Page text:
How to Do Away with Swirl Marks

Removing Swirl MarksWhen a vehicle has not been used or washed for a long time, light scratches and other imperfections, like swirl marks, will eventually surface. Aesthetically speaking, they are your car’s greatest enemies. But worry not, because you have your allies—waxing, polishing and buffering agents. Sure, you may reach out to mechanical car polishers in the market. But, in the long run, it’s best for all drivers to learn as much as they can about car maintenance by performing some of the repairs and replacements themselves.

Here are tips on how to do away with swirl marks:

1.     Deep-clean your car.

Clean and wash your car thoroughly to remove contaminants and grease. Ensure that this process is applied to the car from top to bottom—in the shade, to prevent some more residue and unwanted streaks that could result from the sun’s rays.

To keep your paint smooth and undamaged, use a microfiber cloth or mitt when you wash your car. These materials can be found in most auto parts stores, and even though they may cost a little more than what you may have been using, the investment is well worth it. You can buy two pieces; the other one is for drying your car later on.

For the washing detergent, it is recommended to use soaps formulated specifically for car paint. Like the special detergent for your delicate clothes, automotive detergents are formulated purposely to clean your car’s finish. The nice part about them is that a little amount goes a long way, so you really will be saving money in the end by investing in a high-quality auto detergent.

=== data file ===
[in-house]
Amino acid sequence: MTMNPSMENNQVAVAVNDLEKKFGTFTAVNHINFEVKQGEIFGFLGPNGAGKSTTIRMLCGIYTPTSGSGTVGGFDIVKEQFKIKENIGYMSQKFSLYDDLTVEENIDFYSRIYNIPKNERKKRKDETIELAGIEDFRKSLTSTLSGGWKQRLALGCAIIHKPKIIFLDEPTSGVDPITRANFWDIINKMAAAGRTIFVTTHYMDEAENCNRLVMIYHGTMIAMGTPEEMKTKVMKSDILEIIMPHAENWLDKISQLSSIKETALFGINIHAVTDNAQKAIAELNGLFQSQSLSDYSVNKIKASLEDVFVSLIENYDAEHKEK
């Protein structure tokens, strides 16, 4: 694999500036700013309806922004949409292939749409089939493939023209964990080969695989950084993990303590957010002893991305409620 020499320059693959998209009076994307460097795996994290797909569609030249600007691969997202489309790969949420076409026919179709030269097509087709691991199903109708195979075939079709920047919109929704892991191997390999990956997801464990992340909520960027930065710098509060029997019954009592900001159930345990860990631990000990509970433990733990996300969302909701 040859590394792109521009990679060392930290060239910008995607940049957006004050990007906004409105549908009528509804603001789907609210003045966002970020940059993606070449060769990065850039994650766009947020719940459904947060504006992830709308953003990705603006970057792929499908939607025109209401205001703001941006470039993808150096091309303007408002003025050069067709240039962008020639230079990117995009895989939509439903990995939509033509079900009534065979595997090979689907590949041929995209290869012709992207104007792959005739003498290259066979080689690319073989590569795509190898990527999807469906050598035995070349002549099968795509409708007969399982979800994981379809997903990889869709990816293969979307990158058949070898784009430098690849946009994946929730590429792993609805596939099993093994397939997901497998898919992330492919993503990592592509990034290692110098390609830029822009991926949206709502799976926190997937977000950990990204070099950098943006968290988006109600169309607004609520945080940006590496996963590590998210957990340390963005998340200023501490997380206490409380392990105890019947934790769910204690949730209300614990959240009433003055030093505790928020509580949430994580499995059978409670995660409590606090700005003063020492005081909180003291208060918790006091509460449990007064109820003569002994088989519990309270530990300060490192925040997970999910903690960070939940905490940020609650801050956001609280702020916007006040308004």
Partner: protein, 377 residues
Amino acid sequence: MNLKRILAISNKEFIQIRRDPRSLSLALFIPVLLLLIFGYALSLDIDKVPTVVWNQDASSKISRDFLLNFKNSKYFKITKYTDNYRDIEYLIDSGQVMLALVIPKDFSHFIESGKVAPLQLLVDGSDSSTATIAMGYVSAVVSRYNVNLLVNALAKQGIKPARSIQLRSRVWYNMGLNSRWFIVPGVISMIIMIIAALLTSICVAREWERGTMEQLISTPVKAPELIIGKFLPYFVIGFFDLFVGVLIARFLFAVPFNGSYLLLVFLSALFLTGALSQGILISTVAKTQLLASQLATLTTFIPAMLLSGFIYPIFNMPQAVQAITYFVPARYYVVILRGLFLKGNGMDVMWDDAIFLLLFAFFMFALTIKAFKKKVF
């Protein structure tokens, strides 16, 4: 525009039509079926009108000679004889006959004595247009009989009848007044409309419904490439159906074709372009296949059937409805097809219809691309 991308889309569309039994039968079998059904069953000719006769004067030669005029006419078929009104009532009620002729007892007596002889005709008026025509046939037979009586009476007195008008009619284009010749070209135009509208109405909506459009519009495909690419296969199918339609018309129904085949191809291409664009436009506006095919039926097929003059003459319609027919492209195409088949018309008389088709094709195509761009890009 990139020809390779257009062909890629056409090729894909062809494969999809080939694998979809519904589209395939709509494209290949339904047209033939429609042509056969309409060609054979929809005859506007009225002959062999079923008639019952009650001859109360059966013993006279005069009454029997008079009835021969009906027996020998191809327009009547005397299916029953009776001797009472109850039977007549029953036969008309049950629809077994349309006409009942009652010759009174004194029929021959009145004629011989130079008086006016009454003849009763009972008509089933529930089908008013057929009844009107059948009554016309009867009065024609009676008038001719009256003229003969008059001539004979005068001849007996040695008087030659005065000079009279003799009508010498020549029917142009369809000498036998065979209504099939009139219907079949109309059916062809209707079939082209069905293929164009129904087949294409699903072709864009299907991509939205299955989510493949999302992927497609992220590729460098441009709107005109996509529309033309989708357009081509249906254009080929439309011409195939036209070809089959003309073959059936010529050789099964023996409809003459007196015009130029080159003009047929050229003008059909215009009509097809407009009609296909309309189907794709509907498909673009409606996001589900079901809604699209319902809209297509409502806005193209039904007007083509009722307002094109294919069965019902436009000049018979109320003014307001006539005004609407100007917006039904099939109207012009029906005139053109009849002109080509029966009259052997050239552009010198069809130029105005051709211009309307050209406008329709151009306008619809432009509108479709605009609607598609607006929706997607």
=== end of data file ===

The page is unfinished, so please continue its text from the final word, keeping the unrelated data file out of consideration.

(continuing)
After washing, use another dry microfiber towel. This removes water more effectively than a regular towel. Don’t hurry your drying; be gentle in your swipes.

2.     Apply car polish gently.Swirl Marks

Prepare the required tools. You can use newspapers to place the intakes. Wear proper gears like protective eyewear and hand gloves before handling chemical products.

Start polishing. Begin from the car’s hood in a circular motion, slowly moving from one section to another. Keep polishing until you see the level of shininess and smoothness you desire. Note that the polishing compound gets completely absorbed in the car’s surface.

3.     Apply wax suitable for the vehicle’s paint.

Once it’s dry to a haze, with the use of a buffer (preferably with a foam pad), apply car wax (thinly coated) and then distribute it evenly on the hood’s surface. Be careful in pressing your buffer down though, as too much might sabotage the car’s paint. When you’re done, start applying a second coating.

After the car has been entirely buffed out, check the entire area again and remove any haze or swirl marks left by the buffer. And voila, your car can be mistakenly thought of as new!

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